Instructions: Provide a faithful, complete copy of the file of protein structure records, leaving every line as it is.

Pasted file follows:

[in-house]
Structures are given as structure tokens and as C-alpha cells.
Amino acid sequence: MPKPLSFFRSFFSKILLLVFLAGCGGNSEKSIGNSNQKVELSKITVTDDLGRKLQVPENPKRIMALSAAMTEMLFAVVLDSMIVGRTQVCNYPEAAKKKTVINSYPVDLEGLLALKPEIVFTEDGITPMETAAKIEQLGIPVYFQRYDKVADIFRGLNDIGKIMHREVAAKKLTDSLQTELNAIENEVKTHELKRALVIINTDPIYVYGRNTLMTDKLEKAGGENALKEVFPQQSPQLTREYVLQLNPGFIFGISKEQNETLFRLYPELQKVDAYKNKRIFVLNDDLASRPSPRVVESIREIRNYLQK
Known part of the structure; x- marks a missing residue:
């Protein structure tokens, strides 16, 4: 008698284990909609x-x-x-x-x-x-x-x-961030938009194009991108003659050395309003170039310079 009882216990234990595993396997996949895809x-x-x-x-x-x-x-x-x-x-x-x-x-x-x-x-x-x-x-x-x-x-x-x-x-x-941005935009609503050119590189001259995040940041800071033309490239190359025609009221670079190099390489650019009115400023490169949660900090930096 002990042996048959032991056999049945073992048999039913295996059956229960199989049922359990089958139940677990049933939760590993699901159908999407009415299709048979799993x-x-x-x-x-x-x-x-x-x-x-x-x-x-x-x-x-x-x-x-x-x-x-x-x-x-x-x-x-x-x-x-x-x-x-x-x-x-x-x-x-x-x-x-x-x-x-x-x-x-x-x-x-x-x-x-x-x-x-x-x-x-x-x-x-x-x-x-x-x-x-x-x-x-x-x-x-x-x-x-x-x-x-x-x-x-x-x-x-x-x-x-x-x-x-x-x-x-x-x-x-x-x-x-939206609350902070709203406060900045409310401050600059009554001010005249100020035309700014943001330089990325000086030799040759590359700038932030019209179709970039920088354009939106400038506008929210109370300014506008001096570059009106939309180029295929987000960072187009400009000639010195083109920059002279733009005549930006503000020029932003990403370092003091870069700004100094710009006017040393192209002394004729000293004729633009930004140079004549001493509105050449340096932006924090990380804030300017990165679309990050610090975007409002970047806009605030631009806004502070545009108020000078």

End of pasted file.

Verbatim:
[in-house]
Structures are given as structure tokens and as C-alpha cells.
Amino acid sequence: MPKPLSFFRSFFSKILLLVFLAGCGGNSEKSIGNSNQKVELSKITVTDDLGRKLQVPENPKRIMALSAAMTEMLFAVVLDSMIVGRTQVCNYPEAAKKKTVINSYPVDLEGLLALKPEIVFTEDGITPMETAAKIEQLGIPVYFQRYDKVADIFRGLNDIGKIMHREVAAKKLTDSLQTELNAIENEVKTHELKRALVIINTDPIYVYGRNTLMTDKLEKAGGENALKEVFPQQSPQLTREYVLQLNPGFIFGISKEQNETLFRLYPELQKVDAYKNKRIFVLNDDLASRPSPRVVESIREIRNYLQK
Known part of the structure; x- marks a missing residue:
């Protein structure tokens, strides 16, 4: 008698284990909609x-x-x-x-x-x-x-x-961030938009194009991108003659050395309003170039310079 009882216990234990595993396997996949895809x-x-x-x-x-x-x-x-x-x-x-x-x-x-x-x-x-x-x-x-x-x-x-x-x-x-941005935009609503050119590189001259995040940041800071033309490239190359025609009221670079190099390489650019009115400023490169949660900090930096 002990042996048959032991056999049945073992048999039913295996059956229960199989049922359990089958139940677990049933939760590993699901159908999407009415299709048979799993x-x-x-x-x-x-x-x-x-x-x-x-x-x-x-x-x-x-x-x-x-x-x-x-x-x-x-x-x-x-x-x-x-x-x-x-x-x-x-x-x-x-x-x-x-x-x-x-x-x-x-x-x-x-x-x-x-x-x-x-x-x-x-x-x-x-x-x-x-x-x-x-x-x-x-x-x-x-x-x-x-x-x-x-x-x-x-x-x-x-x-x-x-x-x-x-x-x-x-x-x-x-x-x-939206609350902070709203406060900045409310401050600059009554001010005249100020035309700014943001330089990325000086030799040759590359700038932030019209179709970039920088354009939106400038506008929210109370300014506008001096570059009106939309180029295929987000960072187009400009000639010195083109920059002279733009005549930006503000020029932003990403370092003091870069700004100094710009006017040393192209002394004729000293004729633009930004140079004549001493509105050449340096932006924090990380804030300017990165679309990050610090975007409002970047806009605030631009806004502070545009108020000078």